Purple Tuskfish, Choerodon cephalotes (Castelnau 1875)

Other Names: Grass Parrot, Grass Tuskfish, Purple Tusk-fish, Tuskfish

A Purple Tuskfish, Choerodon cephalotes, in Nelson Bay, Port Stephens, New South Wlaes. Source: Trevor Hall / http://www.daveharasti.com. License: All rights reserved

A greenish-brown tuskfish becoming creamy-white below, blue-edged body scales on sides, some individuals with a with a dark patch on the upper side from behind the pectoral fin to upper part of the caudal peduncle, a 4-5 blue orange lines across the forehead, and many small orange spots on the cheek.
Body scales edged with blue giving sides uneven banded appearance. No small prominent black spot on side. A horizontally elongate dusky blotch present below centre of fin in some specimens. Head with many small orange spots on cheek, forehead crossed by 4 or 5 sets of alternating blue and orange stripes.

Cite this page as:
Bray, D.J. 2017, Choerodon cephalotes in Fishes of Australia, accessed 13 Jun 2024, https://fishesofaustralia.net.au/home/species/1921

Purple Tuskfish, Choerodon cephalotes (Castelnau 1875)

More Info


Shark Bay, Western Australia, to Sydney, New South Wales. Elsewhere the species occurs in the tropical, West Pacific. Inhabits open rubble areas and seagrass beds at depths of 0.3–80 m. Juveniles occasionally occur on algal covered reefs in estuaries.


Dorsal fin XVI-XIII, 6-7; Anal fin III, 10; Pectoral fin rays ii, 16-17, dorsal-most ray of moderate length 36.4–53.1% pectoral fin length, ventral-most rays shorter than those above, posterior edge of fin obliquely straight, dorsoposterior corner bluntly pointed, posteroventral corner angular. 
Body moderately deep, 37.0–42.2% SL, head depth 27.9–36.8% SL, caudal peduncle depth 12.1–17.8% SL; head blunt, dorsal profile of snout steep, snout length 12.8– 18.3% SL; second prominent anterior canine in lower jaw distinctly smaller than first in adults, directed dorsolaterally and curved slightly posteriorly.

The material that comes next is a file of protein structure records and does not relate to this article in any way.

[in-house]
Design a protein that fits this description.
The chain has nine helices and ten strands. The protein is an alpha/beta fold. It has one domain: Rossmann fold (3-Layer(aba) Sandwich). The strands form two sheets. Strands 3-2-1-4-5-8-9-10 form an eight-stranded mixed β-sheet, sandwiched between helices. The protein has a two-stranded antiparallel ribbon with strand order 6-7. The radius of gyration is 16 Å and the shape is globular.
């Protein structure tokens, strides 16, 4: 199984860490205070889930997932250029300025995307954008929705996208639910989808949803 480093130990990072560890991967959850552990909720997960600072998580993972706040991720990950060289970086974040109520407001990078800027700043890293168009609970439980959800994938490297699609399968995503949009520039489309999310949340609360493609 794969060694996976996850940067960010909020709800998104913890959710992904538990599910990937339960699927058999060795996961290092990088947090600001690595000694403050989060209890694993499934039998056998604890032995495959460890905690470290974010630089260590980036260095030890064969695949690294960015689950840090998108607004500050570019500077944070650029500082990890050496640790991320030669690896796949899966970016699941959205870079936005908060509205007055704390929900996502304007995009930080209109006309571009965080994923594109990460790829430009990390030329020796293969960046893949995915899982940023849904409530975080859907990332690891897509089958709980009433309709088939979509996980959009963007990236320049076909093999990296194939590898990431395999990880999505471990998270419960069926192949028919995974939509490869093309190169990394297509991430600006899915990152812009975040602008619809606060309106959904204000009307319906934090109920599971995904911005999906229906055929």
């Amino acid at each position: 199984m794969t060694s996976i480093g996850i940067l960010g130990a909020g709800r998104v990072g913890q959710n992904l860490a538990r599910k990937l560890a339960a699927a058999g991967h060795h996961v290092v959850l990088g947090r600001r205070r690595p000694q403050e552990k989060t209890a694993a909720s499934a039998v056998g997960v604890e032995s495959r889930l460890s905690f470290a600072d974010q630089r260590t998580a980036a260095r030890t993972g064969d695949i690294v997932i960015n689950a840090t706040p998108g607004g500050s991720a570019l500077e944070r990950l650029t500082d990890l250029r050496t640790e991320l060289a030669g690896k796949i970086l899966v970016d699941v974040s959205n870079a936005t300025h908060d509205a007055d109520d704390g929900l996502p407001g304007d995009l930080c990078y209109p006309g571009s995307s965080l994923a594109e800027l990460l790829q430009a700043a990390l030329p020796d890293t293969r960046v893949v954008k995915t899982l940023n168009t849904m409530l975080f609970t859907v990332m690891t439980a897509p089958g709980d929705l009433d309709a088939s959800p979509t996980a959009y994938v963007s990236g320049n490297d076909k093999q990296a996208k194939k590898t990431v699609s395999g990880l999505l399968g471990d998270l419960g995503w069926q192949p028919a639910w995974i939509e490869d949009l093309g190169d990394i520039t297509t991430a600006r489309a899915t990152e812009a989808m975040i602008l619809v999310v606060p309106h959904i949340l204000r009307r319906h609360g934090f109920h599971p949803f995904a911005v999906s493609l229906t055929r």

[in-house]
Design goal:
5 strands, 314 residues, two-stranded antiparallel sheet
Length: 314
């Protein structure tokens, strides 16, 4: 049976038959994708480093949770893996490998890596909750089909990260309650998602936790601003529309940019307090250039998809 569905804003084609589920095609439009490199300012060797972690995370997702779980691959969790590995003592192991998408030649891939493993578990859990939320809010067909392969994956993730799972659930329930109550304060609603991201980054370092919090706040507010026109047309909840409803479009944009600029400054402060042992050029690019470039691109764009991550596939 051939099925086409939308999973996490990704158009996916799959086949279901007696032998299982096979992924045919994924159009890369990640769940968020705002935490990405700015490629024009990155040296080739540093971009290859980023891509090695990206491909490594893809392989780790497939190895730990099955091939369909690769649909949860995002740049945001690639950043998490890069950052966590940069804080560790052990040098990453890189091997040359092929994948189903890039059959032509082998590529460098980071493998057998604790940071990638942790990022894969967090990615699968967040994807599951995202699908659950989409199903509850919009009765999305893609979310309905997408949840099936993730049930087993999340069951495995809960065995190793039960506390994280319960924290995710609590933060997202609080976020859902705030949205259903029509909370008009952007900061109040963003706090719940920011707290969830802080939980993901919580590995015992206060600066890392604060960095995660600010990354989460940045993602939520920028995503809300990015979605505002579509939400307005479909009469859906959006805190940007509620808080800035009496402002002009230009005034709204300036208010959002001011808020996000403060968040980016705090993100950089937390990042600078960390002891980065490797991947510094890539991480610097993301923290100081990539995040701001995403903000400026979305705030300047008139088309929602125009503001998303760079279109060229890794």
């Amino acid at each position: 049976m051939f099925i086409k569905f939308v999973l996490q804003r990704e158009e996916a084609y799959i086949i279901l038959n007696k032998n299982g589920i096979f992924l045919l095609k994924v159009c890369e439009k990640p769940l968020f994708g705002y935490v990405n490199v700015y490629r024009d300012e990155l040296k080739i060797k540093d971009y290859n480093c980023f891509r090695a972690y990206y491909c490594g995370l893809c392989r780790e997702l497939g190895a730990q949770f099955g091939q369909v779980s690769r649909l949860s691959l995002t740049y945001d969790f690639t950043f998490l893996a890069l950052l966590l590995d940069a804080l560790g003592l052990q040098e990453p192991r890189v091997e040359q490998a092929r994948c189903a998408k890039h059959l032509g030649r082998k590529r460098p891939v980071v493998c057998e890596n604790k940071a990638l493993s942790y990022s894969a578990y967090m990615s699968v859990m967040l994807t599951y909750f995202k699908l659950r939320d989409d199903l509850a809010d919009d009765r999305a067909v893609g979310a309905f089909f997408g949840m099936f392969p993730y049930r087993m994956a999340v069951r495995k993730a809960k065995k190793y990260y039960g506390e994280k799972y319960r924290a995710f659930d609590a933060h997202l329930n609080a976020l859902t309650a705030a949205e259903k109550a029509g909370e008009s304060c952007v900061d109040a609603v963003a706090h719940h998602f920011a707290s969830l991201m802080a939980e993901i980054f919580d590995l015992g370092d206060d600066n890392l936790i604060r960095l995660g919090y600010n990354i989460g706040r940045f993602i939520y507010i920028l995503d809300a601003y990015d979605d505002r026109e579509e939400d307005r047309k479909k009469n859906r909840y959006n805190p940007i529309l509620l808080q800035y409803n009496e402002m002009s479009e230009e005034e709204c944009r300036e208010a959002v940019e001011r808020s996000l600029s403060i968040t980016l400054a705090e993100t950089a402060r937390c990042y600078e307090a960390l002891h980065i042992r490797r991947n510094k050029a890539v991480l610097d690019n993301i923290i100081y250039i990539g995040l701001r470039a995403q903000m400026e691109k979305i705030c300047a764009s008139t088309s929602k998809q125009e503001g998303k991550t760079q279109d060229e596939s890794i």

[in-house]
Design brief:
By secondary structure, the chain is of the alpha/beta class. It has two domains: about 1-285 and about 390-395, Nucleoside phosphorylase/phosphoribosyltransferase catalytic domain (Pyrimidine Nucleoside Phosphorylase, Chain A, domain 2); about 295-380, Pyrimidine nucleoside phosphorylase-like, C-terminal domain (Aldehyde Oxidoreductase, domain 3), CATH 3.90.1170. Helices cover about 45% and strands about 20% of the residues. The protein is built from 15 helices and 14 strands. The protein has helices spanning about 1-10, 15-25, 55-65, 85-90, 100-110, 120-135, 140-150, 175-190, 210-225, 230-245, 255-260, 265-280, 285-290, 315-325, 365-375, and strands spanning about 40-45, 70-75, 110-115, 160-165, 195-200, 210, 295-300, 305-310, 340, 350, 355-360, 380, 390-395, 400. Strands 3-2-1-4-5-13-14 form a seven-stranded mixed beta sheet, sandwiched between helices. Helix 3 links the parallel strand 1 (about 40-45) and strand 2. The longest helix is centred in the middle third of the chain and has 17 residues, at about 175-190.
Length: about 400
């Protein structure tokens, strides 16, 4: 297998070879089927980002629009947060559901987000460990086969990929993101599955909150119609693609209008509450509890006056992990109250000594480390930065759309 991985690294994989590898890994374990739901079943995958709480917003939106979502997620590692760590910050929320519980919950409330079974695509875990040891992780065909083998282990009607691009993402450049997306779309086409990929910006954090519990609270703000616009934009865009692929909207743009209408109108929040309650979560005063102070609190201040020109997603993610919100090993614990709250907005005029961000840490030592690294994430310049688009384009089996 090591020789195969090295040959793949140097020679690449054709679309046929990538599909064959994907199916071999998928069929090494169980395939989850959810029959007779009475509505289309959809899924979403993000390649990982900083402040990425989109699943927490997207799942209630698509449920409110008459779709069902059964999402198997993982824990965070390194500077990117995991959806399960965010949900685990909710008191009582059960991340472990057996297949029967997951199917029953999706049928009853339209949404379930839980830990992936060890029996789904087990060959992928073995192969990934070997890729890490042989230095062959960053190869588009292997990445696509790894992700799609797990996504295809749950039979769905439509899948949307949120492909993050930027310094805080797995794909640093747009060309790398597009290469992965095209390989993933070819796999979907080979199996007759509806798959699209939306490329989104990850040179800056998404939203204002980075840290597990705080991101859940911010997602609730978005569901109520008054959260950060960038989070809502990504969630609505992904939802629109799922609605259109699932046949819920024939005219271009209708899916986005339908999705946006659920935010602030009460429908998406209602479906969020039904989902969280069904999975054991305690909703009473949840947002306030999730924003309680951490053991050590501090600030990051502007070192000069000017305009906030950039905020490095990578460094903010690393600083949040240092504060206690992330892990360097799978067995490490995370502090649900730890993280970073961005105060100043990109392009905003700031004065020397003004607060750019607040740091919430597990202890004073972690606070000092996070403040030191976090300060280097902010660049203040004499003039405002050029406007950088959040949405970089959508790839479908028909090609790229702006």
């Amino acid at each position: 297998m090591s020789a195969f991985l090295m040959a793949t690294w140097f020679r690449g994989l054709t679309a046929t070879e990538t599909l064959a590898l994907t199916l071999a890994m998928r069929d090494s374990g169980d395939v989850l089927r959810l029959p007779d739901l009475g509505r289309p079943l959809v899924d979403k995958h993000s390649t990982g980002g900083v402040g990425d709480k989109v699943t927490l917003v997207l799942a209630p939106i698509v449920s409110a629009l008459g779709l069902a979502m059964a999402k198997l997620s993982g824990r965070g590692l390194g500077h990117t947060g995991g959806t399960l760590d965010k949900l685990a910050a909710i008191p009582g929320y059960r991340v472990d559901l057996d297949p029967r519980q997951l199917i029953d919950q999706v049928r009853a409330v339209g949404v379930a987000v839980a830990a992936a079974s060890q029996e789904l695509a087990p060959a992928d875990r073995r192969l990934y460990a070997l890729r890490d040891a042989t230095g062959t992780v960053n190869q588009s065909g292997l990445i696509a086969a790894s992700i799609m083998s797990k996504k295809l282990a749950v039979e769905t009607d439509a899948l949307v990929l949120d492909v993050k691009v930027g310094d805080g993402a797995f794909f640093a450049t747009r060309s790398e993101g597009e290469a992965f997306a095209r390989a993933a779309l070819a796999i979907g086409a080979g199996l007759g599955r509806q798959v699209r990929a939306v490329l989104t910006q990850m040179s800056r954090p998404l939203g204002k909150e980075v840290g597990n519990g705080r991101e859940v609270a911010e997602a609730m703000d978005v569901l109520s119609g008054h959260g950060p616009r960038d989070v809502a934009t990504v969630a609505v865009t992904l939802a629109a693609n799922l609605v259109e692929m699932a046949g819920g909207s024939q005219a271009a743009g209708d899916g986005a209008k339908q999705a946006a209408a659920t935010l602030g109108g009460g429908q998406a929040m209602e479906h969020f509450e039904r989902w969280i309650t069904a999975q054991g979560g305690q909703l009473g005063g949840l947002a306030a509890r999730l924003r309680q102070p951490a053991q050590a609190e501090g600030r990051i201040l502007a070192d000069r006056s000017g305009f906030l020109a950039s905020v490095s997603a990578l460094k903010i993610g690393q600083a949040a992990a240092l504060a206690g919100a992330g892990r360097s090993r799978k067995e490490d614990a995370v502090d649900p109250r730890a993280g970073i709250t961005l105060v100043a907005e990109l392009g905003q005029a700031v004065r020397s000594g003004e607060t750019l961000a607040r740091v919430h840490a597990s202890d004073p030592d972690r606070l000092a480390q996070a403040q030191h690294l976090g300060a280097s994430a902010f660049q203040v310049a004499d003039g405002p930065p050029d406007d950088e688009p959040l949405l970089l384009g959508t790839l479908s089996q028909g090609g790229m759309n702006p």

Predorsal scales approximately 5 or 6, reaching forward on dorsal midline to above posterior edge of preopercle; cheek with small mostly embedded scales in about 1–5 diagonal rows, posteriormost with about 4 or 5 scales to upper extent of free preopercular edge, variably reaching forward from below eye posteriorly to nearly corner of upper lip crease above mouth, with very broad naked margin posteriorly and ventrally on preopercle; tiny patch of about 1–3 scales in one or two rows on dorsal end of subopercle adjacent preopercular edge; each lateral line scale with multiple branching laterosensory canal tube; scales above lateral line about 3½; cephalic sensory canal pores extremely numerous especially anteriorly and posteriorly in front of predorsal scales; second pair of canines in lower jaw directed anterodorsally and curved slightly to strongly laterally. 
Dorsal and anal fins with low basal sheath comprising 1–3 progressively smaller accessory scales at deepest; posterior lobe of dorsal and anal fins reaching well past hypural crease in large individuals; caudal fin rounded to broadly pointed centrally; pelvic fin reaching to base of second anal fin ray in large individuals, length 22.0–33.2% SL.